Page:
A survey by the Pharmaceutical Research and Manufacturers of America (PhRMA), released May 29th, reported 194 medicines in clinical trials for children, 11 of which are for psychiatric disorders. Nine of the 11 are old drugs seeking approval for new indications, including attention-deficit/hyperactivity disorder (ADHD), depression, post-traumatic stress disorder, schizophrenia and acute bipolar disorder.
ABT 089 (2-methyl-3-(2-(S) pyrrolidinylmethoxy) pyridine) from Abbott Laboratories is one of the two new drugs under study. It is a potent, selective neuronal cholinergic channel modulator that has shown cognition-enhancing activity in several animal paradigms. Neuronal nicotinic acetylcholine receptors are a complex superfamily of pentmeric ligand gated ion channels that are activated by acetylcholine. On the basis of its biological activity, ABT 089 is being investigated for its potential ability to act at the neuronal nicotinic receptors to exert beneficial effects in ADHD.
Timothy E. Wilens, M.D., and colleagues at Massachusetts General Hospital in Boston are conducting the Phase I clinical trials, but are not at liberty to disclose information about them at this time.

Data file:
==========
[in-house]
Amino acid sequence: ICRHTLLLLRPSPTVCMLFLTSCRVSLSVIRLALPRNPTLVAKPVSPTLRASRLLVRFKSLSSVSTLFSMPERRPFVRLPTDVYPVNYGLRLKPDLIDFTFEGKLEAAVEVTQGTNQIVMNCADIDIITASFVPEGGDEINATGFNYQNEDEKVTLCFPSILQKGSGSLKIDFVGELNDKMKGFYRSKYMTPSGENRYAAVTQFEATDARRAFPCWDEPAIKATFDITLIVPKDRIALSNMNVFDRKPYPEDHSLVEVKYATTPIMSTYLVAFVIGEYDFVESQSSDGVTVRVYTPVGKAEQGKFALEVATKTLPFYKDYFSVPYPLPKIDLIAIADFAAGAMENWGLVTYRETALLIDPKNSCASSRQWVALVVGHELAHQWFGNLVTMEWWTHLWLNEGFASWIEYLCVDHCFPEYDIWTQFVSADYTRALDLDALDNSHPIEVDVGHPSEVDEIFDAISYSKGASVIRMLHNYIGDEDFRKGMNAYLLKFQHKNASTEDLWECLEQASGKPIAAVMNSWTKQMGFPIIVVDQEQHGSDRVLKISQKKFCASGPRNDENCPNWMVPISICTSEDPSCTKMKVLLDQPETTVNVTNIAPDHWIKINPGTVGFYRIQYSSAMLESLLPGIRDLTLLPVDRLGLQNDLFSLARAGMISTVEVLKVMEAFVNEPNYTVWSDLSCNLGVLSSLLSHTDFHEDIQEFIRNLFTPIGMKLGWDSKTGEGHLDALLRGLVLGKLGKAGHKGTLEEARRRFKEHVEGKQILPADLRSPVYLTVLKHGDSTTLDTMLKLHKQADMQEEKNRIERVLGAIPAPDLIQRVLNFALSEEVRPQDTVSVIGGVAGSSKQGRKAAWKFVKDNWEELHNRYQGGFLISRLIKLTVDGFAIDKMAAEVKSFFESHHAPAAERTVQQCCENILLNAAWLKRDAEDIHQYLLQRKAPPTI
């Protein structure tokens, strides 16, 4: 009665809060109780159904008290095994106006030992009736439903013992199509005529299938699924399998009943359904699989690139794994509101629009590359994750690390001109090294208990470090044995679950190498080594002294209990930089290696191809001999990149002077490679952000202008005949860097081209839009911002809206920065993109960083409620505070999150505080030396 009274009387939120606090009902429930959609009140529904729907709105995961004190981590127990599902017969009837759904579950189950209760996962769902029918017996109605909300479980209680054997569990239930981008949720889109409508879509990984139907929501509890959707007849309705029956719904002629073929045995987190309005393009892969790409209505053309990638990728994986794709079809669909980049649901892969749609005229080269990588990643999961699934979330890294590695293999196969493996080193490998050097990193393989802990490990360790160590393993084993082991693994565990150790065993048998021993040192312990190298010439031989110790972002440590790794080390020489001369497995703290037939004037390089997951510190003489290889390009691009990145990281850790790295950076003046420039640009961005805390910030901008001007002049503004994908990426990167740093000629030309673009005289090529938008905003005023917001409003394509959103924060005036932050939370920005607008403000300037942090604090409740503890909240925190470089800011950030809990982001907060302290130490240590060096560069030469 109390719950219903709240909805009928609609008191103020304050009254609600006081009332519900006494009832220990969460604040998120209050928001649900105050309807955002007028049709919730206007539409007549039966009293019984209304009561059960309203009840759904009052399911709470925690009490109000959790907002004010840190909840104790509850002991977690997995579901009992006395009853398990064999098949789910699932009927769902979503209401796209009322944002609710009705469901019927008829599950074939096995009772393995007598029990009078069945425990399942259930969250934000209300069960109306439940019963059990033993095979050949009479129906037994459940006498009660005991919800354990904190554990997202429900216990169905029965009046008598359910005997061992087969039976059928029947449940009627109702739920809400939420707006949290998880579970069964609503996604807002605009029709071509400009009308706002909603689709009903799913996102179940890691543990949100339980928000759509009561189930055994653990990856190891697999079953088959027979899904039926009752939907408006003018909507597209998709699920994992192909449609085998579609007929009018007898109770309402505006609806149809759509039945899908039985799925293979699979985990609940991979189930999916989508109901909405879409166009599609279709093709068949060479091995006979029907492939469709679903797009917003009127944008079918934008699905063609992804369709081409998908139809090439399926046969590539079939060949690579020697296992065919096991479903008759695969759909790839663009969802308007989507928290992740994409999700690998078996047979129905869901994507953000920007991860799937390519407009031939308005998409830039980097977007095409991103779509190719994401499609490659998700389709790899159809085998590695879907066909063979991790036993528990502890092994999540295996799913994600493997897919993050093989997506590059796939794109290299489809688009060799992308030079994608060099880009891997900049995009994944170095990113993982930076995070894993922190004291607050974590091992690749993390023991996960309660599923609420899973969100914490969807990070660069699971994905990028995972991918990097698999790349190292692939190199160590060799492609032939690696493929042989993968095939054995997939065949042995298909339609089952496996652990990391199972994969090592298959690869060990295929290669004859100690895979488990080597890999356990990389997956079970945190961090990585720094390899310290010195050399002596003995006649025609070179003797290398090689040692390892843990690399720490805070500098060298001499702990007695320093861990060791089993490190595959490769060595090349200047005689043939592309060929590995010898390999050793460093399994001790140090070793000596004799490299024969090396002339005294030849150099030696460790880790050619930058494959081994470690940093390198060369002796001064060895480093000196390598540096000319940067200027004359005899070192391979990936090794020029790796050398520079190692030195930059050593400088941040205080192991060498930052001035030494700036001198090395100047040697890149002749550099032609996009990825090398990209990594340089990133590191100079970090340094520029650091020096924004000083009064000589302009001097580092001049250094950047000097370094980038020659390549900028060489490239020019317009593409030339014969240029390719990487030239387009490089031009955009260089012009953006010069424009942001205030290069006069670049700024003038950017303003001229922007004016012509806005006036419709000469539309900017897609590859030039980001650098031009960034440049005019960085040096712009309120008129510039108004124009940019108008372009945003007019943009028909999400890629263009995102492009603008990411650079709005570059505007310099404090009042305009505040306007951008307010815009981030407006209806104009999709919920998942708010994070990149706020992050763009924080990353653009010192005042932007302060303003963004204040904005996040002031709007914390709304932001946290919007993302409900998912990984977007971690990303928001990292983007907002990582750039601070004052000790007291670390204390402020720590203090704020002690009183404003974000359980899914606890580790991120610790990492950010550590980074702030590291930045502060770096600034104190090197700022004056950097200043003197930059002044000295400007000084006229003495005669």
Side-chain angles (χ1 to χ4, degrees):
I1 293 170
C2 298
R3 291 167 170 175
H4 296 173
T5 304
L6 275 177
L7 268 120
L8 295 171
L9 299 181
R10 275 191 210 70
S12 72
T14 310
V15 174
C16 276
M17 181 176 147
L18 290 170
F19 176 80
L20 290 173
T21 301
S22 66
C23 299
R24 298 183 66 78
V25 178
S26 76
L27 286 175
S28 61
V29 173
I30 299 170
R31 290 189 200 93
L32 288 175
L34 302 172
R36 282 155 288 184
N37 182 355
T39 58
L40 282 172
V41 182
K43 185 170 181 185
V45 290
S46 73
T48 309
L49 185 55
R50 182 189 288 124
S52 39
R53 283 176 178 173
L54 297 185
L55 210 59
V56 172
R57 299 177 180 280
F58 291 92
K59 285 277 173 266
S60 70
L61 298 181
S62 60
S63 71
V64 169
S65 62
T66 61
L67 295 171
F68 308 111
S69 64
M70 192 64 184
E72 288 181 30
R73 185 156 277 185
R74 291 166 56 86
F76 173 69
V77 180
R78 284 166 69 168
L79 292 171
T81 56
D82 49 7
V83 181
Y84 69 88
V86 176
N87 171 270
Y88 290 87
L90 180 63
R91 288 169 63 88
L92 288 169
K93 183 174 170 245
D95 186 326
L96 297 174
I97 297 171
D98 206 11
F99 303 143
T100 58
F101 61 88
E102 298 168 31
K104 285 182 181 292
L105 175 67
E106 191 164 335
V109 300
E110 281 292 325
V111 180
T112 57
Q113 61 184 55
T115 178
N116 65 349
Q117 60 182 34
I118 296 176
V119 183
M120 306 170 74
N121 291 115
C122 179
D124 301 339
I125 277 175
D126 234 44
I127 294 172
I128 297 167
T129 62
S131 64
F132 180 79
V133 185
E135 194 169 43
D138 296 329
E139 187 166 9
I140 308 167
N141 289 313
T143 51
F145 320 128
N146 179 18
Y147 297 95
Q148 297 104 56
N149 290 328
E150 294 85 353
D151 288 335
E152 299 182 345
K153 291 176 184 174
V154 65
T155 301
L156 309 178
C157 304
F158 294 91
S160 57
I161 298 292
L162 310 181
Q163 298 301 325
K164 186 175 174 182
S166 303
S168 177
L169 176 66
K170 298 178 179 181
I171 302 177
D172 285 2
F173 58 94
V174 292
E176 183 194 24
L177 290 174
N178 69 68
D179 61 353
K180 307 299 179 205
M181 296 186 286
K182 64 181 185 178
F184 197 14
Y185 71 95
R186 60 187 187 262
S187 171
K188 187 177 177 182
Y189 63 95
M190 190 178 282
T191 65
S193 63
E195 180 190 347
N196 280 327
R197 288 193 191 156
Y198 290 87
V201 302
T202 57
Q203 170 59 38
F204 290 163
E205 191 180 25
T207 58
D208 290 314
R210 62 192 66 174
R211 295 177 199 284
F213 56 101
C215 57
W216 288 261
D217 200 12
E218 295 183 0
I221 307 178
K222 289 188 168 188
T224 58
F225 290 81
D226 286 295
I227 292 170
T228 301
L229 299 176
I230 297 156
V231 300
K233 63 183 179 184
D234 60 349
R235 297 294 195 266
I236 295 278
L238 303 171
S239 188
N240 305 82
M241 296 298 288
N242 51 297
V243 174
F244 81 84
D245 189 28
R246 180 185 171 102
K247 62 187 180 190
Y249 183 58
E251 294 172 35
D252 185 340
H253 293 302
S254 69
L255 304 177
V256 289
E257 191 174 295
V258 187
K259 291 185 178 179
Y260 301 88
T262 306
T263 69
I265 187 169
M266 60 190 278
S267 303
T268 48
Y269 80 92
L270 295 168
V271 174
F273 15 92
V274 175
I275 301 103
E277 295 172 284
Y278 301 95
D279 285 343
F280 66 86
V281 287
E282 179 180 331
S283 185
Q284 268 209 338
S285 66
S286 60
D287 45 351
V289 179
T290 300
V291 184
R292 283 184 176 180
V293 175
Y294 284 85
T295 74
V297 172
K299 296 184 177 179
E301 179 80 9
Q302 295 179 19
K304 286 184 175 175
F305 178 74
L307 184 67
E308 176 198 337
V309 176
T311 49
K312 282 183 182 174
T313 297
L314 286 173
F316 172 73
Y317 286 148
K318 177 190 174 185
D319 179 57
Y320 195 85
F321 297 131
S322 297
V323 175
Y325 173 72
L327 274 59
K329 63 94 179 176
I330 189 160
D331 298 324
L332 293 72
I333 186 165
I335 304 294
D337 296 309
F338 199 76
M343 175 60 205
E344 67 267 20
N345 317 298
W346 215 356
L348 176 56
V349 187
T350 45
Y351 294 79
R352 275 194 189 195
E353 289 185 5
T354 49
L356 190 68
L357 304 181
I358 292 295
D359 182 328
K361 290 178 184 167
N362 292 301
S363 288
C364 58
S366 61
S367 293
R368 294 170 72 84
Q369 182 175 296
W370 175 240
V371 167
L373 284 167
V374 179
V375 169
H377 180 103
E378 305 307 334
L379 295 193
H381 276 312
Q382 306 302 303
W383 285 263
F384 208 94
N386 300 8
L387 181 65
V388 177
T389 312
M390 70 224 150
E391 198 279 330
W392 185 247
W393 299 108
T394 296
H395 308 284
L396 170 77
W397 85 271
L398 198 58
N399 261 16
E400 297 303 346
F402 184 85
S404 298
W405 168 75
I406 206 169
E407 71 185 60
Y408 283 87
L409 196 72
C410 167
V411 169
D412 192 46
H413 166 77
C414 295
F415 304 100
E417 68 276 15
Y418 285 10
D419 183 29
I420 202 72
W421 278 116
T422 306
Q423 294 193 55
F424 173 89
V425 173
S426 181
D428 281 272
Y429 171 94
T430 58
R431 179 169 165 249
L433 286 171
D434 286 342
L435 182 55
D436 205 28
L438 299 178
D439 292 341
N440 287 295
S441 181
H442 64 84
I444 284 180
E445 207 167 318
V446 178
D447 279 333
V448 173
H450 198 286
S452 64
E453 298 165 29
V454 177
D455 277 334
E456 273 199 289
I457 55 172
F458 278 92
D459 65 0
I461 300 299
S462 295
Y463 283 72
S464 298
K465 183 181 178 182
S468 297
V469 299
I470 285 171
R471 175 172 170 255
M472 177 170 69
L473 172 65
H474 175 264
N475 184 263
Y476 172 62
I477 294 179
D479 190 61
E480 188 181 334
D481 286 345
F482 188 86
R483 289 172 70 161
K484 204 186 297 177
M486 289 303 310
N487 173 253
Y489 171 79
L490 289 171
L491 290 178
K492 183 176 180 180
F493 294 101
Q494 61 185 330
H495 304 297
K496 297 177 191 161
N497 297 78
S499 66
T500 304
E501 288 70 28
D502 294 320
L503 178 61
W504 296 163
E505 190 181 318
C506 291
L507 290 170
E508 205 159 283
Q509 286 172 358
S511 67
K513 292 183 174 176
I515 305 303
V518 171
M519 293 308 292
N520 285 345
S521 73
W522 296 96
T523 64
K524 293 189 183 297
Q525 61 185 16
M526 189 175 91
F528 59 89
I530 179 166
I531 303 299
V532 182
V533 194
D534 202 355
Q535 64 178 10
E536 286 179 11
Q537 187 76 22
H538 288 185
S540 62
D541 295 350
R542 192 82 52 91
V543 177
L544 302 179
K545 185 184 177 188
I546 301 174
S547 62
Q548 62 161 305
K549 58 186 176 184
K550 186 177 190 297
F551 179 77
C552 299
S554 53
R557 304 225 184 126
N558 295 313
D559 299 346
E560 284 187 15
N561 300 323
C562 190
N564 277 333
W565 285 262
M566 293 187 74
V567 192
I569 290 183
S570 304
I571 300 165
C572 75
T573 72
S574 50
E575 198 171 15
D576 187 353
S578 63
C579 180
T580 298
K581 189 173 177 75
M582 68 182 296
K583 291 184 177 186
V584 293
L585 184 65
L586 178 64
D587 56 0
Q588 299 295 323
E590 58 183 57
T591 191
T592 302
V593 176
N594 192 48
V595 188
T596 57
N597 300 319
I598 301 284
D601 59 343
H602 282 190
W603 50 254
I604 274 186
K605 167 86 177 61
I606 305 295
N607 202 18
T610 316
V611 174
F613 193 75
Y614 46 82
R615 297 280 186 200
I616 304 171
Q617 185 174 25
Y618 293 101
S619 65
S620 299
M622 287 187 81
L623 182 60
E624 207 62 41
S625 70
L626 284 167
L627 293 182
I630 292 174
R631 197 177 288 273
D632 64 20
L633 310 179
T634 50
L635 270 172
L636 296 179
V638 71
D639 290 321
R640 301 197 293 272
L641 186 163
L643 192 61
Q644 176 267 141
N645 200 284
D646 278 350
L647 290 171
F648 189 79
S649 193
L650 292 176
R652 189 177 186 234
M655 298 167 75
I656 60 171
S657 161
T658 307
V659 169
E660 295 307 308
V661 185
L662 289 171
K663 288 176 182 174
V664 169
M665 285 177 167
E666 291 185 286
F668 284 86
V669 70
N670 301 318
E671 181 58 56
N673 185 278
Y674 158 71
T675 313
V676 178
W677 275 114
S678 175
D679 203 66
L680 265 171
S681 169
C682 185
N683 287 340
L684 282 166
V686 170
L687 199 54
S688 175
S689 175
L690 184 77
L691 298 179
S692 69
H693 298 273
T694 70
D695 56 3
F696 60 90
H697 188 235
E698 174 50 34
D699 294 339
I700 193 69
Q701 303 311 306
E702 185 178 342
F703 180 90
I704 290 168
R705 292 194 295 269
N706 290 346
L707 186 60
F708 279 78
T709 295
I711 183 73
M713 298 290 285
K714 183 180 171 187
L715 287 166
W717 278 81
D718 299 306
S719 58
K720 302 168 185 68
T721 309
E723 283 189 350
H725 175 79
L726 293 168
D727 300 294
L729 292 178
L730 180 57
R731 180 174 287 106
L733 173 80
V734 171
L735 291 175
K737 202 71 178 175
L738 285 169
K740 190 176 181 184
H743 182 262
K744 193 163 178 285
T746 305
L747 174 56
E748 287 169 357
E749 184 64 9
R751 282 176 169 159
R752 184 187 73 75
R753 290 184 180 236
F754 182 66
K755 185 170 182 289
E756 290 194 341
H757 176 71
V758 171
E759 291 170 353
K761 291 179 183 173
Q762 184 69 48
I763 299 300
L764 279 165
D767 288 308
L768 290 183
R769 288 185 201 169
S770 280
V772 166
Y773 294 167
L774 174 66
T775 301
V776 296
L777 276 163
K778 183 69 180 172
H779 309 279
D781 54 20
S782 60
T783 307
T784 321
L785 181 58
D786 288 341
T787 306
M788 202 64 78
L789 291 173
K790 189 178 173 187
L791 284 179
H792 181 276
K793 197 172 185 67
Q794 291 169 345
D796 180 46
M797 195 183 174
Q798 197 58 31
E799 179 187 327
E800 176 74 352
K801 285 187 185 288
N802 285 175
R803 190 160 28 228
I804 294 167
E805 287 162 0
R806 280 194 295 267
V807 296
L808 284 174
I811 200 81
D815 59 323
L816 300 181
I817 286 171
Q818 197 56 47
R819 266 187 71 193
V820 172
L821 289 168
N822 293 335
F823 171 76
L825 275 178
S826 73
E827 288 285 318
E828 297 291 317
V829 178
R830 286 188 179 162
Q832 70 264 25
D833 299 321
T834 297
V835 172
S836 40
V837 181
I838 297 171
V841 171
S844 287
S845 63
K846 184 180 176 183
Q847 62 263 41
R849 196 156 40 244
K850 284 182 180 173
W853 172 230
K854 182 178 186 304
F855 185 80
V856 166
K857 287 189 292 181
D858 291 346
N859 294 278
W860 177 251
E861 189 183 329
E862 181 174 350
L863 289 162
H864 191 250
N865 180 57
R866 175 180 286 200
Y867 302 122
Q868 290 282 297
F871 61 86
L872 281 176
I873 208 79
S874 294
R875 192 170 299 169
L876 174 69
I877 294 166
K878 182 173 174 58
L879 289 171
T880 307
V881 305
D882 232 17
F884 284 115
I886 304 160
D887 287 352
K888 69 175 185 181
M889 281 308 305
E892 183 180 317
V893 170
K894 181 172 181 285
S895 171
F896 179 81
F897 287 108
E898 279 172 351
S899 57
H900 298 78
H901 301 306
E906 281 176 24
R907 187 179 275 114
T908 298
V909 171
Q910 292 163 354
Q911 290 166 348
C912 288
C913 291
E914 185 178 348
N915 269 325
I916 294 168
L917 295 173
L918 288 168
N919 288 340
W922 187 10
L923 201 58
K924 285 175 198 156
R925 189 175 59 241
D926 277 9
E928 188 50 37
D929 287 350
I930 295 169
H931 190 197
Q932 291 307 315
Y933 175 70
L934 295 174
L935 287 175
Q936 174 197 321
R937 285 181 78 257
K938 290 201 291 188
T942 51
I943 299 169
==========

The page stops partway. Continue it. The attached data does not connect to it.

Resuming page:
It is commonly known that nicotine possesses beneficial pharmacological actions. Michael A. Schwartz, M.D., clinical professor of psychiatry at Case Western Reserve University, says the cholinergic system, seen as a problem in the old days, is now appreciated as another neuromodulating system like the norepinephrine, dopamine and serotonin systems with broad effects on attention, alertness and specific effects on memory.
"This has particularly happened since the development of the dementia drugs, the cholinesterase inhibitors," says Schwartz. "And of course people who smoke cigarettes get alert and aroused and focused from the nicotinic effect. There's a high comorbidity between nicotine addiction and ADHD."